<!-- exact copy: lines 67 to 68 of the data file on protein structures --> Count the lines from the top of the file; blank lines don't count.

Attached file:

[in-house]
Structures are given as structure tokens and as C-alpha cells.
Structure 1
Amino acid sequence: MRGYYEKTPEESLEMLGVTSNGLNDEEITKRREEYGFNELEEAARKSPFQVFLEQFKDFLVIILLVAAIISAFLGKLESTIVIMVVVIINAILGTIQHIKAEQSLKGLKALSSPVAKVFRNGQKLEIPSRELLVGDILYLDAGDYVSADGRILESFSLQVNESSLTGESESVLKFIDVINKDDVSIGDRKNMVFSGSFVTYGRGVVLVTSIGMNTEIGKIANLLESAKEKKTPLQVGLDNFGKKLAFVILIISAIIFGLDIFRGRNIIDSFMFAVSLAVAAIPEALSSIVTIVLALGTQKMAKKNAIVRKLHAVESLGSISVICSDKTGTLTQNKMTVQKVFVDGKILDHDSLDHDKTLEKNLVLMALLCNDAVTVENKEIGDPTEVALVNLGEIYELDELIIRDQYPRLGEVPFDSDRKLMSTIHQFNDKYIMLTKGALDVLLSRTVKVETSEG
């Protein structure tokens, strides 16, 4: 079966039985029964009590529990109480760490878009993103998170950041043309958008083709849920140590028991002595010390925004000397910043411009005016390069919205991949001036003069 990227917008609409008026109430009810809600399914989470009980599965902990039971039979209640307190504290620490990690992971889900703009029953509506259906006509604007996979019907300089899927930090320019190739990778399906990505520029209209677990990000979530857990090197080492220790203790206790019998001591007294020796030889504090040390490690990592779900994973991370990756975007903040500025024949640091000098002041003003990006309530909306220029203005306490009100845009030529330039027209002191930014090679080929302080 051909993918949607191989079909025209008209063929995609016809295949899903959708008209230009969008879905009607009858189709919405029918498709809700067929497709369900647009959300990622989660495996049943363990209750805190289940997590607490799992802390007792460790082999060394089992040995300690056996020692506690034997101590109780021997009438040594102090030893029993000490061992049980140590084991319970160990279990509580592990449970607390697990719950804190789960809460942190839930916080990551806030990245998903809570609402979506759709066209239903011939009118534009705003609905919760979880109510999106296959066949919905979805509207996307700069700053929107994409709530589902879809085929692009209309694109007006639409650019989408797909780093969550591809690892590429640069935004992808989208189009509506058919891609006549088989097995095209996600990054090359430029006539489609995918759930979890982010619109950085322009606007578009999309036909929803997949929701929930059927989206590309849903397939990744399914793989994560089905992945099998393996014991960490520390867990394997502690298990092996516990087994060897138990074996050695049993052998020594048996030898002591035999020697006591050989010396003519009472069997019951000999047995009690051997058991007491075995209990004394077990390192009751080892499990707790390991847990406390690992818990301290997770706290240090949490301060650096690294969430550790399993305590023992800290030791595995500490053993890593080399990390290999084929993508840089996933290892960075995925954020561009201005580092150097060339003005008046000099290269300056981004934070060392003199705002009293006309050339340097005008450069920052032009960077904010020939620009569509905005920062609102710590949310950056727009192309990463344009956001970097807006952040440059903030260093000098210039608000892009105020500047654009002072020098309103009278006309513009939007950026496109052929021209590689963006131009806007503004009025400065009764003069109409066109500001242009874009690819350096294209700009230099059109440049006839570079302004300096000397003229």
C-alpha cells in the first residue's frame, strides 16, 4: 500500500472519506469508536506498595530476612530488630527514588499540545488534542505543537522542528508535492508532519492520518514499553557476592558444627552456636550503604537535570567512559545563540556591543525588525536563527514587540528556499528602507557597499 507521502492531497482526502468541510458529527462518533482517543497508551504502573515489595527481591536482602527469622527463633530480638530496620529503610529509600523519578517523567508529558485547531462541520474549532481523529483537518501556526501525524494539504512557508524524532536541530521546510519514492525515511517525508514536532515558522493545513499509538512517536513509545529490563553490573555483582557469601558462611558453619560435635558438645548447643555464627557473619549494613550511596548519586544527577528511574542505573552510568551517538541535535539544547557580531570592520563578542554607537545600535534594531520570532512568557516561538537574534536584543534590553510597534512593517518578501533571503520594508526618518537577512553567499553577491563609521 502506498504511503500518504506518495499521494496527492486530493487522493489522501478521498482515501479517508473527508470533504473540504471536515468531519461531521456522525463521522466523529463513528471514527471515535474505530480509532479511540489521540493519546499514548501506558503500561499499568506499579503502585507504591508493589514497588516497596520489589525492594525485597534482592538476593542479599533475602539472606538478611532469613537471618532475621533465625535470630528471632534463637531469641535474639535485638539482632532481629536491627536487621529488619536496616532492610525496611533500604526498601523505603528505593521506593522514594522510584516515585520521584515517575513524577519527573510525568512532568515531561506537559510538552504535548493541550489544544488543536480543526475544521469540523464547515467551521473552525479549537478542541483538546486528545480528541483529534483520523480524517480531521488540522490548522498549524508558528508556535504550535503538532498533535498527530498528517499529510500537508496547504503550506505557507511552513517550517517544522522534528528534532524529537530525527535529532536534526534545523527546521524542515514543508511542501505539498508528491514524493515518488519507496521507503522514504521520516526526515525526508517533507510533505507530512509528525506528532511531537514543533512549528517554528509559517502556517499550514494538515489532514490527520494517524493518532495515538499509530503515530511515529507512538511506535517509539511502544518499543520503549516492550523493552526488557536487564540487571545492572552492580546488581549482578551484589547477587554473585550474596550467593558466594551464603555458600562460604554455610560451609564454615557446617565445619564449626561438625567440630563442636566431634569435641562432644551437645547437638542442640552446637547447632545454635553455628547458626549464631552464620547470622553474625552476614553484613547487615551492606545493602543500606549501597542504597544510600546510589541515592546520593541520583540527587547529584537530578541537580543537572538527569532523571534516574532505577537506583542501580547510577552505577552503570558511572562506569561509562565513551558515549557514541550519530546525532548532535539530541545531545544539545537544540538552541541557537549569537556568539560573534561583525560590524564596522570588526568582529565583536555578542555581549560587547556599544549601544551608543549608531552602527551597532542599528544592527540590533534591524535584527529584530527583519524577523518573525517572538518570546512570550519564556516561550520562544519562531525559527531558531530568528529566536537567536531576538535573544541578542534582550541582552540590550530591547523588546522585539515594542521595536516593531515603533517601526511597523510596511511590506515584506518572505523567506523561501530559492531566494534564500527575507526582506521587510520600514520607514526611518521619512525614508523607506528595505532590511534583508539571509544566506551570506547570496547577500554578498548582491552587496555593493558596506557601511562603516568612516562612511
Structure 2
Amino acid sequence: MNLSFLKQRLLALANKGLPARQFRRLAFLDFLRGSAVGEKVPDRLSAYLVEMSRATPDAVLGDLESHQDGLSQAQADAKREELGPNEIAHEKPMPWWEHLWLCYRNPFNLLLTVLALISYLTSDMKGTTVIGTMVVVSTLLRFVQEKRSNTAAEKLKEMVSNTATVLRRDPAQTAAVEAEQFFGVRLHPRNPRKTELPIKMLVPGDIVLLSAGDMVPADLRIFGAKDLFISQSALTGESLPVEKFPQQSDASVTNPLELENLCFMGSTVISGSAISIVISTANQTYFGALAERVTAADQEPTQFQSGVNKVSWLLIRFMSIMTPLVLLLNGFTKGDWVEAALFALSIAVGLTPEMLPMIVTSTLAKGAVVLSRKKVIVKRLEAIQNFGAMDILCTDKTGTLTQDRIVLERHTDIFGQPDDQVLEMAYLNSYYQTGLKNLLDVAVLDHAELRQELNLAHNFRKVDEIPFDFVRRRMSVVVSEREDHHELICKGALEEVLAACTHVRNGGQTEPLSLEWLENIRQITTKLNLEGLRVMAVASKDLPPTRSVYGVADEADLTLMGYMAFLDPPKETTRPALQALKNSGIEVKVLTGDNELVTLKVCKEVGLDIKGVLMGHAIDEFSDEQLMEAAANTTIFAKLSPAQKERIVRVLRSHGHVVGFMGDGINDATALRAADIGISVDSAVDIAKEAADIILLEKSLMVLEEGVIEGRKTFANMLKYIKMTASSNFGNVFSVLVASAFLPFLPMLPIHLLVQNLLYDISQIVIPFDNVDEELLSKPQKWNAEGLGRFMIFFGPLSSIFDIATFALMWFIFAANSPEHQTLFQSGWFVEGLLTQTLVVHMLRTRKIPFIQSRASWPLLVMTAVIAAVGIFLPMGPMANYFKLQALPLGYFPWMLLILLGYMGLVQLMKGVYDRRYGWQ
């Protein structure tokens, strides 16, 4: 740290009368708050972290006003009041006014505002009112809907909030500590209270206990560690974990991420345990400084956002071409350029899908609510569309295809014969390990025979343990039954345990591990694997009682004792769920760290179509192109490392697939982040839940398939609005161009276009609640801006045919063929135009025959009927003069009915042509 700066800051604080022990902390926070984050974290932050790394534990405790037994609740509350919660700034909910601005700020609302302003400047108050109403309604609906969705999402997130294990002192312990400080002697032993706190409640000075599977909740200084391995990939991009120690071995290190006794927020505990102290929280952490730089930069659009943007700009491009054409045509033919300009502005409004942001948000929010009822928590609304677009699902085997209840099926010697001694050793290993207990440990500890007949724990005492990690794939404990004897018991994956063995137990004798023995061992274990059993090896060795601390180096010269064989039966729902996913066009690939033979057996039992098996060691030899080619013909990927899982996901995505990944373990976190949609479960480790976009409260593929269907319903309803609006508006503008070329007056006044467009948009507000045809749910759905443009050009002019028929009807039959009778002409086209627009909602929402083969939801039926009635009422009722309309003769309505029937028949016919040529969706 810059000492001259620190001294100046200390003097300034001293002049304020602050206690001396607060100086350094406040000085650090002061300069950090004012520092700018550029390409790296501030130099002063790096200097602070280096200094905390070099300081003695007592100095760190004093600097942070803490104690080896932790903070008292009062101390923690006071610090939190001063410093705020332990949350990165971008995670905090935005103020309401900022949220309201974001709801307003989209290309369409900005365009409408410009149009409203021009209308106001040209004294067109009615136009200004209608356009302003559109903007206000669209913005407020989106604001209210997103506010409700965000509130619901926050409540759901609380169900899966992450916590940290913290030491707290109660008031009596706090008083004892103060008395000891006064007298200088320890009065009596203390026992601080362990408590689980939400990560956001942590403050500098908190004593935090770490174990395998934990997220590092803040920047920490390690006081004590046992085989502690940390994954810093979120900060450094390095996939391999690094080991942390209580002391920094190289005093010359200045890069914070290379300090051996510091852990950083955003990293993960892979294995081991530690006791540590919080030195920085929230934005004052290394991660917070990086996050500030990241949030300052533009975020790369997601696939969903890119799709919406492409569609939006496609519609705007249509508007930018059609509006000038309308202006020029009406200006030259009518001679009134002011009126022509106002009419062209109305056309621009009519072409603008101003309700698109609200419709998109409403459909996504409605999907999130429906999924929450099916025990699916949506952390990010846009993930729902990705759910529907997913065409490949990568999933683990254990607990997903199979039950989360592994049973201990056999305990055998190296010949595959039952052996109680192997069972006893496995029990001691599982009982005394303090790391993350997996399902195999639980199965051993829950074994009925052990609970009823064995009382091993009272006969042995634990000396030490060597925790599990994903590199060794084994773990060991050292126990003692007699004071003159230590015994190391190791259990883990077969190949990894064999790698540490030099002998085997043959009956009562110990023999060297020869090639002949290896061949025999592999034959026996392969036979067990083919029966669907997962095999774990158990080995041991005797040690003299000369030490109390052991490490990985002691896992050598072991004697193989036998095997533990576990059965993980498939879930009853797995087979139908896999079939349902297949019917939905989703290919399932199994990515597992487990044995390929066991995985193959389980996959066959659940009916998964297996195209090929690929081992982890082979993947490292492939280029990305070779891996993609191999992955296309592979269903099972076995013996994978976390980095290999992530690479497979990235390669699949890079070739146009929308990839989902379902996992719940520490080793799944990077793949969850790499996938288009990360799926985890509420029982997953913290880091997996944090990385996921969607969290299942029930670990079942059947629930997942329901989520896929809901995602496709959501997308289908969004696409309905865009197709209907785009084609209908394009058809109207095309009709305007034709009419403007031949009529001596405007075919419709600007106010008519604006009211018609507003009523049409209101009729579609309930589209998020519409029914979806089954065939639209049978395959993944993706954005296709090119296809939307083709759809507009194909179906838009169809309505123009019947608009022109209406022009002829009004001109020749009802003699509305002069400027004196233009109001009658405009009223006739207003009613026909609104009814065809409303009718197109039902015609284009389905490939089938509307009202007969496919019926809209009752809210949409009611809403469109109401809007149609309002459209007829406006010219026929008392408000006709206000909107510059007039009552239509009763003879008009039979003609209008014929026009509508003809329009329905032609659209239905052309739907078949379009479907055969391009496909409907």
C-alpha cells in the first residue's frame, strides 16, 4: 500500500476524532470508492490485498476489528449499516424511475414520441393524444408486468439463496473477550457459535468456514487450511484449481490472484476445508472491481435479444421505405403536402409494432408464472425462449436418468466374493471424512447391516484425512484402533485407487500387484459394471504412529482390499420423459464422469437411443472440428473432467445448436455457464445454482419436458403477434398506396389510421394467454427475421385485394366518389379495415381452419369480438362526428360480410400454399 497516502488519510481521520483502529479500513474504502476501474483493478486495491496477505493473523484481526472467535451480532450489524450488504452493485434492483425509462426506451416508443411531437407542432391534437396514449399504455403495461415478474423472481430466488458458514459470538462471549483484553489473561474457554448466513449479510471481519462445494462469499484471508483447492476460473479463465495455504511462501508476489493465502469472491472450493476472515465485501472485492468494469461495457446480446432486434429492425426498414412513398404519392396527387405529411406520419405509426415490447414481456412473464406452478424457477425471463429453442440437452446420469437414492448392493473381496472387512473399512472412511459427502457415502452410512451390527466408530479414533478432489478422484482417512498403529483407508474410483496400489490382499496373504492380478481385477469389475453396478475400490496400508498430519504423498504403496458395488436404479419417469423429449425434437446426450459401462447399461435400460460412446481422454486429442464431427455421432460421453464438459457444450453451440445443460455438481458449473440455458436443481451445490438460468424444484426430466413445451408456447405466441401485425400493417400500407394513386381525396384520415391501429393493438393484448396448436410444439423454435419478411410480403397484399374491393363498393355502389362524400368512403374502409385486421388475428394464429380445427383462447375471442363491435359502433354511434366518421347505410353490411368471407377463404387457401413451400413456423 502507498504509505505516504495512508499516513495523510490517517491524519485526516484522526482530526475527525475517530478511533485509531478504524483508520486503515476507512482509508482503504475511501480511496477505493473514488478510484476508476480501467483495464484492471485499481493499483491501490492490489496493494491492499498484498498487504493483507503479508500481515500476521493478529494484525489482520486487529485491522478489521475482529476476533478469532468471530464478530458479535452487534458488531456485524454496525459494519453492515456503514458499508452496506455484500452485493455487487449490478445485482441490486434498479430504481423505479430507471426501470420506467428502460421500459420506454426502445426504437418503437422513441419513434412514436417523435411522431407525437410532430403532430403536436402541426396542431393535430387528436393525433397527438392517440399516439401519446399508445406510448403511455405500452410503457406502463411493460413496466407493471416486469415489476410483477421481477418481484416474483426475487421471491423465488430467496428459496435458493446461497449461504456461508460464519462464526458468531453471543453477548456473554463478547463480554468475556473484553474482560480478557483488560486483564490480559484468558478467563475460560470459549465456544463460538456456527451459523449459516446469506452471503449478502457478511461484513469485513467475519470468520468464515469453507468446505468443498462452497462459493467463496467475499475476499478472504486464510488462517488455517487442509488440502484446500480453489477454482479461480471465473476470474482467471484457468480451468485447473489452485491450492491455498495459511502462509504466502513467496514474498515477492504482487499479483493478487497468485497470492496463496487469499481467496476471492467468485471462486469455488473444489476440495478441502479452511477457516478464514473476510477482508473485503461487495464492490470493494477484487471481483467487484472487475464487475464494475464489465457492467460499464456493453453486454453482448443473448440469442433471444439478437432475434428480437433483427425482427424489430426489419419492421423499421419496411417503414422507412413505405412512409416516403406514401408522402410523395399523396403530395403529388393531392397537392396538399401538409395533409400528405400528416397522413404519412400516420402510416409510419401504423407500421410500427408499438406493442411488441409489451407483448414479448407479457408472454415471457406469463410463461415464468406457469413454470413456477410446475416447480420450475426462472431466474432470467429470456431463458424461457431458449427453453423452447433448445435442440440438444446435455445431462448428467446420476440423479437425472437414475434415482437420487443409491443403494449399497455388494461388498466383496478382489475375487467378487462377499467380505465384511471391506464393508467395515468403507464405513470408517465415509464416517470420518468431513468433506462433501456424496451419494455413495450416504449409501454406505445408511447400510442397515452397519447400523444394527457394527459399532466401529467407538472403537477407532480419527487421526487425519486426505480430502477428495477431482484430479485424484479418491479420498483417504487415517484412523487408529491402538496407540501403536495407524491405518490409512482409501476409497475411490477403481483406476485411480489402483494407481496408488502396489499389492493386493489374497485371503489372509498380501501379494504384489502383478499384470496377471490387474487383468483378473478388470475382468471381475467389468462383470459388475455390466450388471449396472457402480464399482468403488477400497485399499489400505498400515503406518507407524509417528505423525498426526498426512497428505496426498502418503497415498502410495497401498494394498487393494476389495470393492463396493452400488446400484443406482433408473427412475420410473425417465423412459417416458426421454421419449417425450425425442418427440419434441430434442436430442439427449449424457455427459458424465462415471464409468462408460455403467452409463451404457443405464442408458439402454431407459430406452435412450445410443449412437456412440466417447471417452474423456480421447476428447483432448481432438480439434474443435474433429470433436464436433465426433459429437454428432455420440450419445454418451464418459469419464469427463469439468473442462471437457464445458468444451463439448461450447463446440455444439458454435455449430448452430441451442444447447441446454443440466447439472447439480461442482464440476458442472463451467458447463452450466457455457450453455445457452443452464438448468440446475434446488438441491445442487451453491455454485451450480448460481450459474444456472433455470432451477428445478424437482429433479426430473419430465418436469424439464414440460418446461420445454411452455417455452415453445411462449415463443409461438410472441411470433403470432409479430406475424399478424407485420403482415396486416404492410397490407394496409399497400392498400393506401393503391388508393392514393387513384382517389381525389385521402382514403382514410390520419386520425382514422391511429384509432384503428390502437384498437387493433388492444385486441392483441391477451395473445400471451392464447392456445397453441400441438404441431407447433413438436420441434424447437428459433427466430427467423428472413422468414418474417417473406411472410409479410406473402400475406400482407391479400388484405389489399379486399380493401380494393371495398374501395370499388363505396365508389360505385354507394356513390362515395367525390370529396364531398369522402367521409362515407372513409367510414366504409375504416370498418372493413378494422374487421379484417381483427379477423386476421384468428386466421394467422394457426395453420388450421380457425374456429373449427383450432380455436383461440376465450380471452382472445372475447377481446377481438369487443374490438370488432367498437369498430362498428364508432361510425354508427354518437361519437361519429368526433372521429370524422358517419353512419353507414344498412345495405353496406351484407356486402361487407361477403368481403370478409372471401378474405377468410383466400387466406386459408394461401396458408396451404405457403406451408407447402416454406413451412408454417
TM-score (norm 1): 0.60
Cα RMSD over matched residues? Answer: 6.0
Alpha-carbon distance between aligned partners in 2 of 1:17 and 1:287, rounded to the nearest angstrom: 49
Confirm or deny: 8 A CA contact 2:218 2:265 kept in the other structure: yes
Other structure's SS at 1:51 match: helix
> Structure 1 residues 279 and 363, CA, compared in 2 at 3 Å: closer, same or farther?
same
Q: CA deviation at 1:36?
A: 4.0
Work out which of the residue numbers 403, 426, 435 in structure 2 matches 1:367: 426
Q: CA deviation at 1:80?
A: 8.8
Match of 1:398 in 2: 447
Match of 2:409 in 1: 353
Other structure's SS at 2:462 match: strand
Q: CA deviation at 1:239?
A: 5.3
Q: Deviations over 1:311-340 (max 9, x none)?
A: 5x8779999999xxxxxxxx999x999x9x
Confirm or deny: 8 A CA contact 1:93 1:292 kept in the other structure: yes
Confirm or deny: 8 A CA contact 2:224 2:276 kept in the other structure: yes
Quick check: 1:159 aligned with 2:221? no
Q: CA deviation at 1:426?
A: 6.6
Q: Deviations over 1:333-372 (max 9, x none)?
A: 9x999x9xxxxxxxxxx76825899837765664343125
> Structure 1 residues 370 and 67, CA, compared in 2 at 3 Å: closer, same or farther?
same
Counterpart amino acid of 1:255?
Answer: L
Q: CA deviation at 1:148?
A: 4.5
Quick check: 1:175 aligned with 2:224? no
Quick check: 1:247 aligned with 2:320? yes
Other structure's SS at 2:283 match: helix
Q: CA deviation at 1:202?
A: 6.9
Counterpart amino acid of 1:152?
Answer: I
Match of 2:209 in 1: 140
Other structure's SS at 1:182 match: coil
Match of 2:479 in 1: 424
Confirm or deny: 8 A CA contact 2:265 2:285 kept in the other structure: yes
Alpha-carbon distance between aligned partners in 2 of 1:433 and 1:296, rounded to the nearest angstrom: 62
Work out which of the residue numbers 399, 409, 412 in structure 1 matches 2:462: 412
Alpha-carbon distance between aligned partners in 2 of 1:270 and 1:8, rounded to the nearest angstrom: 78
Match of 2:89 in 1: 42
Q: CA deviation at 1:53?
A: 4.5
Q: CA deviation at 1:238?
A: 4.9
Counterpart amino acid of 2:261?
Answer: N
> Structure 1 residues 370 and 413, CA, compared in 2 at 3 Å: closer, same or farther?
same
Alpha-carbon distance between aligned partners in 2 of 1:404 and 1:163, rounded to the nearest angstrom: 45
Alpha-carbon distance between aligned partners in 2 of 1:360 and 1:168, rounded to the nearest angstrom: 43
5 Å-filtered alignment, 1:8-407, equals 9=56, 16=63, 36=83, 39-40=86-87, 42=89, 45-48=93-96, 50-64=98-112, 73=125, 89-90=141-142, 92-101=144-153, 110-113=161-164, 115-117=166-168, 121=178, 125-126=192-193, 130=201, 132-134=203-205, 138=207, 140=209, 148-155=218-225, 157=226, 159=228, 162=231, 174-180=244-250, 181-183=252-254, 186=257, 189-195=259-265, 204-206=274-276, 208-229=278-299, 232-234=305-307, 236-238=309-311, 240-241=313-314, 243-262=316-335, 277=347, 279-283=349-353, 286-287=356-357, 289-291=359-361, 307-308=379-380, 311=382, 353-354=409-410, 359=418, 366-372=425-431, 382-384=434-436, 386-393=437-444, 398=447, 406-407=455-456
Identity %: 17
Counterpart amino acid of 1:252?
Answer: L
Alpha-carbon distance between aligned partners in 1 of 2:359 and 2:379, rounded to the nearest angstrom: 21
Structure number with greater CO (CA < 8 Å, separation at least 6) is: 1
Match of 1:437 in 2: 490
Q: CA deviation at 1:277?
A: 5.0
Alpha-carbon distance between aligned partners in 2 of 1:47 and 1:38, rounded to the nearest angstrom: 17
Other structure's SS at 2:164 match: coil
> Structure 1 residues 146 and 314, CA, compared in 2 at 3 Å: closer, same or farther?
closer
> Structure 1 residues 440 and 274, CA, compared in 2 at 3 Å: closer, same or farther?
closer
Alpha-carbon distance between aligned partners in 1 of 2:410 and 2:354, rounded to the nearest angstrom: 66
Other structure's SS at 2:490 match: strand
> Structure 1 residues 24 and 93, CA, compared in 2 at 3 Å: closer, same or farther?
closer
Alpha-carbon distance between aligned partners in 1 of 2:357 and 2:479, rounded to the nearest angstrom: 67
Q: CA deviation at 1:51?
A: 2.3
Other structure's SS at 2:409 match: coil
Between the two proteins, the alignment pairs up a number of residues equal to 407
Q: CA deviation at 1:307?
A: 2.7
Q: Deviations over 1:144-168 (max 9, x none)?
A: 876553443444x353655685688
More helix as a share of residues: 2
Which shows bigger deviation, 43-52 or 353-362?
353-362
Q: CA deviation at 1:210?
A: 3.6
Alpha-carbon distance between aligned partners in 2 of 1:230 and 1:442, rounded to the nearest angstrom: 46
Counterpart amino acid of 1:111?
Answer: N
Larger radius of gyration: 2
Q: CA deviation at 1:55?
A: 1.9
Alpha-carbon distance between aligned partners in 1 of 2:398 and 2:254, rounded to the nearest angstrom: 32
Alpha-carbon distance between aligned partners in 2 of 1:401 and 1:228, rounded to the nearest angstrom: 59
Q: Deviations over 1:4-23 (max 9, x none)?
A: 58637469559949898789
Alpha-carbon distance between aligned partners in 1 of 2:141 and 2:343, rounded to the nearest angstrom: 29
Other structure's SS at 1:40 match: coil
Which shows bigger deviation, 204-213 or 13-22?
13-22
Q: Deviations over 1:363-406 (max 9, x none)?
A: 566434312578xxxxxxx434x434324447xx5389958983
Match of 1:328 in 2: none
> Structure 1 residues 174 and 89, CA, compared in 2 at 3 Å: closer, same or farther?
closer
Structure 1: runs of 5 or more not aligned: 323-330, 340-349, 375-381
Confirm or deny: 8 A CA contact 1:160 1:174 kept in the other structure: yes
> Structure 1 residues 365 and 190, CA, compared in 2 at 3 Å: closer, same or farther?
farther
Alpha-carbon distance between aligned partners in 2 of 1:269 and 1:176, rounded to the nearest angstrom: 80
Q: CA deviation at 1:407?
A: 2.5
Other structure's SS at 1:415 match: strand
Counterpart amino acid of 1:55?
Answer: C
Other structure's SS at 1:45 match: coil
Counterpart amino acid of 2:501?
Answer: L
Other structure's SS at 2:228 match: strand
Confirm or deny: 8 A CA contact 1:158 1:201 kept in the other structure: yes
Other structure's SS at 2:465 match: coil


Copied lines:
Alpha-carbon distance between aligned partners in 2 of 1:360 and 1:168, rounded to the nearest angstrom: 43
5 Å-filtered alignment, 1:8-407, equals 9=56, 16=63, 36=83, 39-40=86-87, 42=89, 45-48=93-96, 50-64=98-112, 73=125, 89-90=141-142, 92-101=144-153, 110-113=161-164, 115-117=166-168, 121=178, 125-126=192-193, 130=201, 132-134=203-205, 138=207, 140=209, 148-155=218-225, 157=226, 159=228, 162=231, 174-180=244-250, 181-183=252-254, 186=257, 189-195=259-265, 204-206=274-276, 208-229=278-299, 232-234=305-307, 236-238=309-311, 240-241=313-314, 243-262=316-335, 277=347, 279-283=349-353, 286-287=356-357, 289-291=359-361, 307-308=379-380, 311=382, 353-354=409-410, 359=418, 366-372=425-431, 382-384=434-436, 386-393=437-444, 398=447, 406-407=455-456